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I wrote a simple C program, which takes a .txt file and replaces all spaces with hyphens. However, the program enters an infinite loop and the result is endless array of hyphens.

This is the input file:

a b c d e f

This is the file after the process crashes:

a----------------------------------------------------------------------------
----------------------------------------... (continues thousands of times)... 

I guess the reason in unexpected behavior of fread(), fwrite() and fseek(), or my misunderstanding of these functions. This is my code:

#include <stdlib.h>
#include <stdio.h>

#define MAXBUF 1024

int main(void) {

    char buf[MAXBUF];
    FILE *fp;
    char c;
    char hyph = '-';

    printf("Enter file name:\n");
    fgets(buf, MAXBUF, stdin);
    sscanf(buf, "%s\n", buf);   /* trick to replace '\n' with '\0' */

    if ((fp = fopen(buf, "r+")) == NULL) {
        perror("Error");
        return EXIT_FAILURE;
    }

    fread(&c, 1, 1, fp);

    while (c != EOF) {
        if (c == ' ') {
            fseek(fp, -1, SEEK_CUR); /* rewind file position indicator to the position of the ' ' */
            fwrite(&hyph, 1, 1, fp); /* write '-' instead */
        }
        fread(&c, 1, 1, fp); /* read next character */
    }

    fclose(fp);

    return EXIT_SUCCESS;
}

What is the problem here?

share|improve this question
    
What OS are you using? I compiled and run you program and it goes into an endless loop due to not checking the EOF properly (as stated in Joe's answer), however it does not create an endless stream of hyphens. –  David M. Syzdek Jun 2 '12 at 1:39
    
I use Windows 7. –  Leif Ericson Jun 3 '12 at 12:57

2 Answers 2

You have two problems:

1) You should be checking that fread returns the number of items you requested, e.g. that you get a 1 back.

2) You should then be checking feof(fp), not comparing the character you read to EOF. This will tell you if your read returned less/no items because of EOF or some other reason.

share|improve this answer
    
You are right, but it didn't fix the bug. What fixed it, is that I added after the line fwrite(&hyph, 1, 1, fp);, the line fseek(fp, 1, SEEK_CUR);. It seems that fwrite() doesn't advance the file position indicator at all contrary to what I thought. So I did it manually. Now it works. Thanks anyway. –  Leif Ericson Jun 2 '12 at 0:25
1  
If fwrite doesn't advance the file position, something is wrong. From the opengroup page: The file-position indicator for the stream (if defined) shall be advanced by the number of bytes successfully written. –  Dave Jun 2 '12 at 0:43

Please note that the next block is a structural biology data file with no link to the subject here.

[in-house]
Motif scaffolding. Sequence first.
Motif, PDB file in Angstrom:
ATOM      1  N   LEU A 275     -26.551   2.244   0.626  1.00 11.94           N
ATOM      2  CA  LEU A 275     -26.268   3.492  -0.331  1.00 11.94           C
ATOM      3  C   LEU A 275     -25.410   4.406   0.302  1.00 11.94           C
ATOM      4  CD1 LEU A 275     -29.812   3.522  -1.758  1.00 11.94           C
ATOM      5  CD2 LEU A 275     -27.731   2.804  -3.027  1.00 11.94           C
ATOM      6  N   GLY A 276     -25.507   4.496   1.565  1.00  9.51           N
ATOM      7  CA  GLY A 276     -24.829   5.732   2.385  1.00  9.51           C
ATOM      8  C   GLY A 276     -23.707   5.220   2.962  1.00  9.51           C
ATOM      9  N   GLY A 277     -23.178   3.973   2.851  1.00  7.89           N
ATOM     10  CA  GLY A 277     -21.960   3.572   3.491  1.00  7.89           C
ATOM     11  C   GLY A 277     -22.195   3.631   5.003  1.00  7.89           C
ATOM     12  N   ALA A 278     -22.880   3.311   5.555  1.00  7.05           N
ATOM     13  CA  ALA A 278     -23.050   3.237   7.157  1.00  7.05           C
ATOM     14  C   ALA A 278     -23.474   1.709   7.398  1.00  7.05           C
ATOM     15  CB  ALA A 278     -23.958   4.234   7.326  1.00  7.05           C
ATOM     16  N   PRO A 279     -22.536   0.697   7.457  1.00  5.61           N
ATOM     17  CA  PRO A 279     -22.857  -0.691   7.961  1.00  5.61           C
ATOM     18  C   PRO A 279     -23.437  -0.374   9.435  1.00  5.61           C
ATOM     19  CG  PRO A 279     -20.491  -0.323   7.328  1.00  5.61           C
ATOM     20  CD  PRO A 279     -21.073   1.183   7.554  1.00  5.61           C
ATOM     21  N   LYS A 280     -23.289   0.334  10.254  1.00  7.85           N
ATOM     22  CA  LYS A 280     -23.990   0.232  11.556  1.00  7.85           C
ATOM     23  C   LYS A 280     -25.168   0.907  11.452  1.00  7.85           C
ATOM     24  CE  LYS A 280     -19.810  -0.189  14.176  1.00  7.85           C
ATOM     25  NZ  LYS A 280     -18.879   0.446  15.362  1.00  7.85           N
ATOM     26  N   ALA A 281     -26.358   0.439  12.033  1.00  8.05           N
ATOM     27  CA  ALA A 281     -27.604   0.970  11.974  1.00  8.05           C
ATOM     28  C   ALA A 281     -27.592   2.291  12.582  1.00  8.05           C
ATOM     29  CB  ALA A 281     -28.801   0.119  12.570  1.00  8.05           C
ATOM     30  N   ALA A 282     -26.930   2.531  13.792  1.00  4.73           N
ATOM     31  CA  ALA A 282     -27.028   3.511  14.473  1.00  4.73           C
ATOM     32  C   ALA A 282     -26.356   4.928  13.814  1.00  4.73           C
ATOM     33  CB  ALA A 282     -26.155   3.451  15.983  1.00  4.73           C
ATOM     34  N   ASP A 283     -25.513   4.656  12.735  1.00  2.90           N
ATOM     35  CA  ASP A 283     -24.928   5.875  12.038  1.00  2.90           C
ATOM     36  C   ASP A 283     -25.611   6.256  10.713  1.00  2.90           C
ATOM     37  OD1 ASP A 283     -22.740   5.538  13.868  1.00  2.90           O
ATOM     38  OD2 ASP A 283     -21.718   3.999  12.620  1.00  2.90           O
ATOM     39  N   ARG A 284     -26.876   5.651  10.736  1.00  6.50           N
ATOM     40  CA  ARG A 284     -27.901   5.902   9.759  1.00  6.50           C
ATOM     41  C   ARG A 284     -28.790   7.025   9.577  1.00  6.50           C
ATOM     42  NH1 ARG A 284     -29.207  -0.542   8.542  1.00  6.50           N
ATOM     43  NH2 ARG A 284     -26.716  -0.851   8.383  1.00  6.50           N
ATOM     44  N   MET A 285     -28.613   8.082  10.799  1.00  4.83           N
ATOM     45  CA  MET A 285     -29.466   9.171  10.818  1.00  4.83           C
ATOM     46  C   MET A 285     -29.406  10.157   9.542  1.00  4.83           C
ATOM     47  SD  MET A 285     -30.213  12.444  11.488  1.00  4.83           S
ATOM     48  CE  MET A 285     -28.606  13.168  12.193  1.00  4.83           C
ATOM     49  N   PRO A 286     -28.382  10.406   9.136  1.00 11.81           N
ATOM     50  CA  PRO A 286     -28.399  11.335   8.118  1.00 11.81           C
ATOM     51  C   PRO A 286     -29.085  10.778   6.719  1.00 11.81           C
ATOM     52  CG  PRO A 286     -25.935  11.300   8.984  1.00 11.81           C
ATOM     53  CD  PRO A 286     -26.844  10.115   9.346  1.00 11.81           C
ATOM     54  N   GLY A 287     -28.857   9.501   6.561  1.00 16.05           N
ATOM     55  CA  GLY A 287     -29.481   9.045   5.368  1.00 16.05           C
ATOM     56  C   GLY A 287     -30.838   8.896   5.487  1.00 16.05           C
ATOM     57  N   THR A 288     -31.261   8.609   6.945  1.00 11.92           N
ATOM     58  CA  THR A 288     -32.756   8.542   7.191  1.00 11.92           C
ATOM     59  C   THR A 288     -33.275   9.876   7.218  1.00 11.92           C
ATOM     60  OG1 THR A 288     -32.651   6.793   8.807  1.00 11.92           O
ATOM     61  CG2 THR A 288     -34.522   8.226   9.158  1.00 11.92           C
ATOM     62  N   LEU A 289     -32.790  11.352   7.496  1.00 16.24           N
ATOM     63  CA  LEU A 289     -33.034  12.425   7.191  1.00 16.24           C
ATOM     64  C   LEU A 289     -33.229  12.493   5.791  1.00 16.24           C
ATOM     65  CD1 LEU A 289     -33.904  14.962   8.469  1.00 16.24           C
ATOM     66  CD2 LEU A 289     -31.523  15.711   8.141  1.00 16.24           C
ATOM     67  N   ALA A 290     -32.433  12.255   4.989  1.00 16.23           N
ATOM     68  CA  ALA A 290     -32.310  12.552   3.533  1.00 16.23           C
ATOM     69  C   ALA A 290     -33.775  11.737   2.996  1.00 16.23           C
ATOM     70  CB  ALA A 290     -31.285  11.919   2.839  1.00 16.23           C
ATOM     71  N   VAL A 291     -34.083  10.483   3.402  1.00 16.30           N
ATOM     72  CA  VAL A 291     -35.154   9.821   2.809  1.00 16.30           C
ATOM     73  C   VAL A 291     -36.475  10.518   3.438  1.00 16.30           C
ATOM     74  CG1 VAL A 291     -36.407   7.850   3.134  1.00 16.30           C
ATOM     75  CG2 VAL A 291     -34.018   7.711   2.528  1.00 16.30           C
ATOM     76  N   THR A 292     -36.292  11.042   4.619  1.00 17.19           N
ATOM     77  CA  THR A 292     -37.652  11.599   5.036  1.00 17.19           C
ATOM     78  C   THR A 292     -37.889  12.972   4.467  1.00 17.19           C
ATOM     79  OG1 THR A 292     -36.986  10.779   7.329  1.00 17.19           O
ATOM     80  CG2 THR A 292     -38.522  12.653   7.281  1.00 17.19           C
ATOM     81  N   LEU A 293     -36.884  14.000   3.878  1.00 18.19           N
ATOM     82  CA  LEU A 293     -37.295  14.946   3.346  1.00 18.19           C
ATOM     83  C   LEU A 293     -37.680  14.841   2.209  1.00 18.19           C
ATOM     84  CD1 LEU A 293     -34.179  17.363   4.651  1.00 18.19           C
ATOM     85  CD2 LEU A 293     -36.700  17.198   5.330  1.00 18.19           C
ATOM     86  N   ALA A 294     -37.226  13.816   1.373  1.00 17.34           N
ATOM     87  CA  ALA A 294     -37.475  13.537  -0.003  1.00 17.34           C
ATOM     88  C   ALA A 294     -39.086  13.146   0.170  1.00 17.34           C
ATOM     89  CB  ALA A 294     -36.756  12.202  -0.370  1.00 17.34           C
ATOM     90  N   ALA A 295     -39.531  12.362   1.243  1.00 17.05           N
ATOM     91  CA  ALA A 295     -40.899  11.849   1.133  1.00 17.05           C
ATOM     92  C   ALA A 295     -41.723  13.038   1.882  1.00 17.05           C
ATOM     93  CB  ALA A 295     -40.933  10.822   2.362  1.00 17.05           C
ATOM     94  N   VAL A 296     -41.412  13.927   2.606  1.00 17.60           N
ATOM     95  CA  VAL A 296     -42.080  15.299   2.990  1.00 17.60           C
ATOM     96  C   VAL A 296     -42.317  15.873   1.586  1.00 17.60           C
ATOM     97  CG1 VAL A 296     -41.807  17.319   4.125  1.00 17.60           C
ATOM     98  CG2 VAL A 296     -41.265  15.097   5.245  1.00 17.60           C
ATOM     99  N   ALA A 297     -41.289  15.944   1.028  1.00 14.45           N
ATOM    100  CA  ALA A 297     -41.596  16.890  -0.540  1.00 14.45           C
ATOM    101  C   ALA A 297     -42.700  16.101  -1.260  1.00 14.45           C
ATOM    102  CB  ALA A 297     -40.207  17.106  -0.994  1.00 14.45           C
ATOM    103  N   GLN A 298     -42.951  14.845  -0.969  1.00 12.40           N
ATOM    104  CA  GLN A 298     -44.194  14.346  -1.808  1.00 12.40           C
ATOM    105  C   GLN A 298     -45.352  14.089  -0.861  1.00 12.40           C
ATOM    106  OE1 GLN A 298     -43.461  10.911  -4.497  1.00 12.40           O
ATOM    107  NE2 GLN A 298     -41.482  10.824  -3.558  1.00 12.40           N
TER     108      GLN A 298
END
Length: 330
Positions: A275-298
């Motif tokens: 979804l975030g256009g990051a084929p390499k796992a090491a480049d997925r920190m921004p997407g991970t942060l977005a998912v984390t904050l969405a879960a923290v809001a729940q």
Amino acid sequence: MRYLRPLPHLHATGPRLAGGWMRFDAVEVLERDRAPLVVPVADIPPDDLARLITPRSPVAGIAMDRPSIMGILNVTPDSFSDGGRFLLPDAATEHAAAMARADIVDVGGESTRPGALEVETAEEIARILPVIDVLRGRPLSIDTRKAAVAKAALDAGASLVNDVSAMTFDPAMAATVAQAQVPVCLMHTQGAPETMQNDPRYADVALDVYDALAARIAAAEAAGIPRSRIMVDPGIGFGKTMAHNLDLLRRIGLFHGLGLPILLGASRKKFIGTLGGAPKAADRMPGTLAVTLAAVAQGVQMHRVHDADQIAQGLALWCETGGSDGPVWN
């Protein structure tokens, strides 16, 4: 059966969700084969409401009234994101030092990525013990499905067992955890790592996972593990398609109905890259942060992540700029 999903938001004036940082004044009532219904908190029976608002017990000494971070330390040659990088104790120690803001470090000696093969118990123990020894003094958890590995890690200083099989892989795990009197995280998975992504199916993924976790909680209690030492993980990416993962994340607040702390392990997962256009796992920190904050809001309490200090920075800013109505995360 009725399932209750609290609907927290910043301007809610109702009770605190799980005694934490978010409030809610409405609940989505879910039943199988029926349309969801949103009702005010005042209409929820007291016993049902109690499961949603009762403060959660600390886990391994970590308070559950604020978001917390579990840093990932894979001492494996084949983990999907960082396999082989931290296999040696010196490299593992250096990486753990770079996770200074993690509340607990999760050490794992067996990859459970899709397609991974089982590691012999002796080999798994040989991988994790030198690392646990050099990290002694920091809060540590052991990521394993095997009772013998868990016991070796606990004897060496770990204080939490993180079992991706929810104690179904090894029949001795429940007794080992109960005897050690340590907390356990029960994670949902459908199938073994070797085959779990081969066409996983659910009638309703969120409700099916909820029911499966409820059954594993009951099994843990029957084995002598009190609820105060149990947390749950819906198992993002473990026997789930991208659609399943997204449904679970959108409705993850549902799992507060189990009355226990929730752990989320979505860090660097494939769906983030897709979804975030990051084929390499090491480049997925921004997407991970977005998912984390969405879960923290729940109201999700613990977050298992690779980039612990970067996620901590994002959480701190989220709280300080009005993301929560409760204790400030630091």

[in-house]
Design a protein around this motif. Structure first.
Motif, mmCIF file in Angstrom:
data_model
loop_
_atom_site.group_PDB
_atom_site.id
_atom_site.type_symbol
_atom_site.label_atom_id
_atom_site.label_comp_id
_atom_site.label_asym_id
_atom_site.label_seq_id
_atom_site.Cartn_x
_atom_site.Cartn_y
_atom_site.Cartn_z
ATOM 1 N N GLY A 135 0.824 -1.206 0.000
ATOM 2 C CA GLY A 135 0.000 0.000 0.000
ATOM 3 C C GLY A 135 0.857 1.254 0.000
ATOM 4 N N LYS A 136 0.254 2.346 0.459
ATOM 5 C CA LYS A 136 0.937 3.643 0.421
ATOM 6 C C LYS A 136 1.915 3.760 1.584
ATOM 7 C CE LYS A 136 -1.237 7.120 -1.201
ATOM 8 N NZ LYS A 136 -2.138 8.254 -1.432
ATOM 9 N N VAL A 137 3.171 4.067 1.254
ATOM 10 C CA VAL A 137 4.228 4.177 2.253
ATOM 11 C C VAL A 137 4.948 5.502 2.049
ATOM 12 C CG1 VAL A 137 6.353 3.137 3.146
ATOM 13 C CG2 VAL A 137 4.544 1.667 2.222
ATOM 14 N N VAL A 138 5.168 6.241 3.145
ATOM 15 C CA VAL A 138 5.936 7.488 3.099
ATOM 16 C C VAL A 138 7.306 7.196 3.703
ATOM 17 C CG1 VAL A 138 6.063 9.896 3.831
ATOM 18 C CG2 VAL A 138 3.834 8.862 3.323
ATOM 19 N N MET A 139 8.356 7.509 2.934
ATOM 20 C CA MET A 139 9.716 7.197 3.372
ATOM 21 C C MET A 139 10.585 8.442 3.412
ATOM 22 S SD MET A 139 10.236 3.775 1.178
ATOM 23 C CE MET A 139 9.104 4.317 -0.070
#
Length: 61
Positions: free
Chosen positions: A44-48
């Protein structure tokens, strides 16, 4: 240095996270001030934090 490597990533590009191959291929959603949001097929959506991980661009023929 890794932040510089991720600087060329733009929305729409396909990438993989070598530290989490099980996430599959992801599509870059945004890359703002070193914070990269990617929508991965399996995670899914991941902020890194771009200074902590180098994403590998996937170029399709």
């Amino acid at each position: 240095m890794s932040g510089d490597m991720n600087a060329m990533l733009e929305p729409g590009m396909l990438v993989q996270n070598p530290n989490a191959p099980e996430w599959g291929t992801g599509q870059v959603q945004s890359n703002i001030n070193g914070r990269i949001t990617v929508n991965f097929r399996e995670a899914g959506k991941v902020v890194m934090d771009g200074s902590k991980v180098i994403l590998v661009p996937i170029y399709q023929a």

You have a few problems...

Check what types the standard C library functions return and what that return value means. The std C library defines EOF as the integer -1. Since the full character set is 256 characters and the type char can hold from 0 to 255 (256 diff values) it was necessary to make EOF an integer.

With all that bluster aside... You're also checking for EOF incorrectly.

The problems, spelled out:

You should check the return value from fread

if( fread(&c, 1, 1, fp) != 1 )
{
    // Handle the error
}

// `EOF` is the integer -1.  It will not fit in a char.  So, your while loop becomes endless unless you get a -1 in the data stream

// The "correct" way to do what you want to do is using the stdlib function feof(fp)
while( !feof( fp ) )
{
    if (c == ' ')
    {
        // You should check the value returned by fseek for errors
        fseek(fp, -1, SEEK_CUR); /* rewind file position indicator to the position of the ' ' */
        // You should check the value returned by fwrite for errors
        fwrite(&hyph, 1, 1, fp); /* write '-' instead */
    }

    if( fread(&c, 1, 1, fp) != 1 )
    {
        // Handle the error
    }
}

All of that said... It is very inefficient to read a character at a time on modern systems. Adapt your code to read a buffer full at a time and write the entire modified buffer out at once.

share|improve this answer
    
+1 Thanks for the useful advices. –  Leif Ericson Jun 2 '12 at 0:37
    
@JimR He should write "-" which is a const char * rather than '-' which is just a const char. –  David M. Syzdek Jun 2 '12 at 1:35
    
@DavidM.Syzdek: That was part of his code... –  JimR Jun 2 '12 at 8:58
    
@jimR hyph is a char, however &hyph is a char *. As such, you cannot replace &hyph with '-'. const char * ptr = &hyph; and const char * ptr = "-"; are valid syntaxes. const char * ptr = '-'; is not valid. –  David M. Syzdek Jun 2 '12 at 9:09
    
@DavidM.Syzdek: I'm niot arguing that. It was part of his code before I came along. I didn't correct it because he had worked around the problem with &hyph and I figured I buried him in enough information without mentioning that. I really hesitated to mention the inefficiencies for the same reason but since I see that as a bigger long term issue .... –  JimR Jun 2 '12 at 9:18

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